Most eValid monitoring playbacks are launched from the scheduler. When the playback script is "desktop safe" -- it does not need access to the desktop to operate correctly -- then scheduler launched playbacks are very reliable.
However, when a script is not "desktop safe" -- meaning that somewhere in the script playback there will be a command that requires the use of a desktop window -- then this mode of scheduling may not work correctly in all cases.
eValid -B script.evs ...other command line options...
The EventLog will report that all the commands executed; this because eValid has no way of knowing that it's desktop oriented commands will be completed (it assumes they are). In eValid the desktop oriented commands are routed through the Windows operating system before being delivered to the eValid window, or to a desktop window that eValid is trying to control (e.g. through Desktop Recording mode).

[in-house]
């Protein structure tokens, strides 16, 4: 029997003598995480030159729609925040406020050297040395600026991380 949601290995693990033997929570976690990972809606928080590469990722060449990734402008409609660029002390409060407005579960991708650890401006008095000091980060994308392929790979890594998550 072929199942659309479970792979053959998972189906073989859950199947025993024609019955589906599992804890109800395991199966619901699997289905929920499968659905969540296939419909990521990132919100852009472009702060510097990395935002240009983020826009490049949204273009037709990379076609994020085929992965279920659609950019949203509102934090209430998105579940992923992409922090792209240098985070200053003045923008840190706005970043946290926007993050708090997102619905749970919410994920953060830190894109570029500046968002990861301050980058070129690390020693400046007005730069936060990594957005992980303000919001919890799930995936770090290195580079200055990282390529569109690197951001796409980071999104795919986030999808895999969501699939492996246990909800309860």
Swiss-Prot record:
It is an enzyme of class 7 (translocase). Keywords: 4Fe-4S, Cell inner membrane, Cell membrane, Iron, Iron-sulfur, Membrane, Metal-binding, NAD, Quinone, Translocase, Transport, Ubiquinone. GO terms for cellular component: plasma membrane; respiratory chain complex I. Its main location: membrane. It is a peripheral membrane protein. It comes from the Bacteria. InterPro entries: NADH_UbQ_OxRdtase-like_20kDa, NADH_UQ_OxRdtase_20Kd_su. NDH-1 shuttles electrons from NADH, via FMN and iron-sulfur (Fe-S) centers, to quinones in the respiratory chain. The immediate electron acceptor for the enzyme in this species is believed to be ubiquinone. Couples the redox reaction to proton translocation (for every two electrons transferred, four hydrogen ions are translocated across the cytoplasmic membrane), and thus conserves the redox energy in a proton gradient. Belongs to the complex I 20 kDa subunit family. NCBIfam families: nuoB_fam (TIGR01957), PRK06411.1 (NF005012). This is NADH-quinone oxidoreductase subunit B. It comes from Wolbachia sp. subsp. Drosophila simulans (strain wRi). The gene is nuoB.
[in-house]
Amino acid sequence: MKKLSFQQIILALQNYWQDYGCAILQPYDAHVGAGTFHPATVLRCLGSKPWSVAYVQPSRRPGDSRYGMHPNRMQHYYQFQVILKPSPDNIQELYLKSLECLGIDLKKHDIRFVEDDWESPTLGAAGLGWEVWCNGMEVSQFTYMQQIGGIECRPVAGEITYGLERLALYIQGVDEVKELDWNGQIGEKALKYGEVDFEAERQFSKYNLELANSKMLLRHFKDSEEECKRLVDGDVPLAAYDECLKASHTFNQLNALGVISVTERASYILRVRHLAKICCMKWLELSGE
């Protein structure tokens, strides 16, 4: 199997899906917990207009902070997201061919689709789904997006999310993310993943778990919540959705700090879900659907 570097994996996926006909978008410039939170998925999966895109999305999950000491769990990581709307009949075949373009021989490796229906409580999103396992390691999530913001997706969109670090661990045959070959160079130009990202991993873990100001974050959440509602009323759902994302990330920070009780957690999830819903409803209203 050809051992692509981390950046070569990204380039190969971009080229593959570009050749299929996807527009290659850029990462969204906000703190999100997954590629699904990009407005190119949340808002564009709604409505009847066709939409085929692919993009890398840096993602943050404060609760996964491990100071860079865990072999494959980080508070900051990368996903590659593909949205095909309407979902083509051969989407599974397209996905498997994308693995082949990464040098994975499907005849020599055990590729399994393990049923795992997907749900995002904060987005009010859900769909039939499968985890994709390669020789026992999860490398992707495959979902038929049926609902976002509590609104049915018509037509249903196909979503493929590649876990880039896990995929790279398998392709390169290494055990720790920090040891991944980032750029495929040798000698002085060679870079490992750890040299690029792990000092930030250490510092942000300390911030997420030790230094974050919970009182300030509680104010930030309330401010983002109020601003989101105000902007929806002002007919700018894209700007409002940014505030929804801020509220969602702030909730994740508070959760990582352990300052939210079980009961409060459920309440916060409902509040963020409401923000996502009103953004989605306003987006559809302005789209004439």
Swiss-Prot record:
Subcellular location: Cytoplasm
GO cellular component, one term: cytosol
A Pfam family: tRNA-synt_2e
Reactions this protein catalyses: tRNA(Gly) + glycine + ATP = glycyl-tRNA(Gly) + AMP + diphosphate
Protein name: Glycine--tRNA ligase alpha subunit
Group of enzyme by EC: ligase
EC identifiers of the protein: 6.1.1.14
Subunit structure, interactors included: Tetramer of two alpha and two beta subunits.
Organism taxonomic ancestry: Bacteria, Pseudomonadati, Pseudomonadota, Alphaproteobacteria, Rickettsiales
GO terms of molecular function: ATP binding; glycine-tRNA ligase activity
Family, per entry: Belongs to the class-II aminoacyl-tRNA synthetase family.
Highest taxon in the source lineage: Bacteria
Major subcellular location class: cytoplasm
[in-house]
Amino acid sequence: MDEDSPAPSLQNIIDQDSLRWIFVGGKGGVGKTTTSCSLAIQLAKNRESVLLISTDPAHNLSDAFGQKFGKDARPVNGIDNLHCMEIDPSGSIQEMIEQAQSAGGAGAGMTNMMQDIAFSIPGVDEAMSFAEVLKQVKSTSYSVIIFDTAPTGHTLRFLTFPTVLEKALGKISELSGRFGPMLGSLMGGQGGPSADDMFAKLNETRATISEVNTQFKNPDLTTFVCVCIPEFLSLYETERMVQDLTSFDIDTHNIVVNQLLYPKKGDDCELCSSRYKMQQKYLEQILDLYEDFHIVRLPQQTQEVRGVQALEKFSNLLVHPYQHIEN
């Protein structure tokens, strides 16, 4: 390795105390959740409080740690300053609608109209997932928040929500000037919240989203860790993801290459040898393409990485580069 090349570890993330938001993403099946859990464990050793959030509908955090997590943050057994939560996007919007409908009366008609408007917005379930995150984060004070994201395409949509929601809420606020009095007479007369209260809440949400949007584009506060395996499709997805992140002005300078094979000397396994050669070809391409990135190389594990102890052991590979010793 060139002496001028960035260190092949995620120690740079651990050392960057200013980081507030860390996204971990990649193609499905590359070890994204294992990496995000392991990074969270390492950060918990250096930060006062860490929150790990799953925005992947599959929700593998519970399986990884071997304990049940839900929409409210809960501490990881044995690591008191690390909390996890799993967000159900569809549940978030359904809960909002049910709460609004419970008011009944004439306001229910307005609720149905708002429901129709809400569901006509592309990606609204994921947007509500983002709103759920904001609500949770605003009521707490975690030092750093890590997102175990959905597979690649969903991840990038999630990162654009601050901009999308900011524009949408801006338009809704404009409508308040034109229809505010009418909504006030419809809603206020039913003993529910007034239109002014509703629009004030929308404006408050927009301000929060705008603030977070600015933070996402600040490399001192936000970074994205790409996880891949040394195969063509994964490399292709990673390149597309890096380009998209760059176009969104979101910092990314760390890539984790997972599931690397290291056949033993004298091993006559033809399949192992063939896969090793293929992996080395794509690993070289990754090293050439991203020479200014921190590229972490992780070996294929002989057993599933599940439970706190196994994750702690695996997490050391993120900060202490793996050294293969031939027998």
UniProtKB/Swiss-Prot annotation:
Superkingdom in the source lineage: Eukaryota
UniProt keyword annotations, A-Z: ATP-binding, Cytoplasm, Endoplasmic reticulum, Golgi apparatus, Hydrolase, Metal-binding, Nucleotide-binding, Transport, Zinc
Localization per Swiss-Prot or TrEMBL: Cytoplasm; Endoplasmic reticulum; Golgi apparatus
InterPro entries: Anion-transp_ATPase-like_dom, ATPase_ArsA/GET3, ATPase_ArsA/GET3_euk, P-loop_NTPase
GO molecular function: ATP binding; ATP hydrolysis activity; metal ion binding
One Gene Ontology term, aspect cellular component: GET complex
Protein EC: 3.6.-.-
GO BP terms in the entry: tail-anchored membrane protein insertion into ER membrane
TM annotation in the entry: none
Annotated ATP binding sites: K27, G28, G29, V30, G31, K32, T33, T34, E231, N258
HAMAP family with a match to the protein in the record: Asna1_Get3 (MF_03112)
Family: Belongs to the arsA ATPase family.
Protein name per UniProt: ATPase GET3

Batch File Run-eValid.bat:The scheduler entry is one that invokes the Run-eValid.bat batch script:
Start eValid -B script.evs ...other command line options...
The scheduler calls RuneValid.bat as a separate process, which in turns calls the eValid executable, which then execute with will full privileges including access to the desktop.
Note: You might think that having the scheduler with "higher privileges" would make a difference here, but evidently it does not.
The eValid browser is launched, but without focus. After 100 msec a click is issued to the 150 x 150 location on the screen. This click, having been launched by a sub-process (not by the scheduler) will force focus on the eValid window in order to deliver the click.
SystemCall eVclick.exe 100 150 150
(Note: There should not be anything sensitive at the 150 x 150 location on the screen. If there is, use a different location on the browser face.)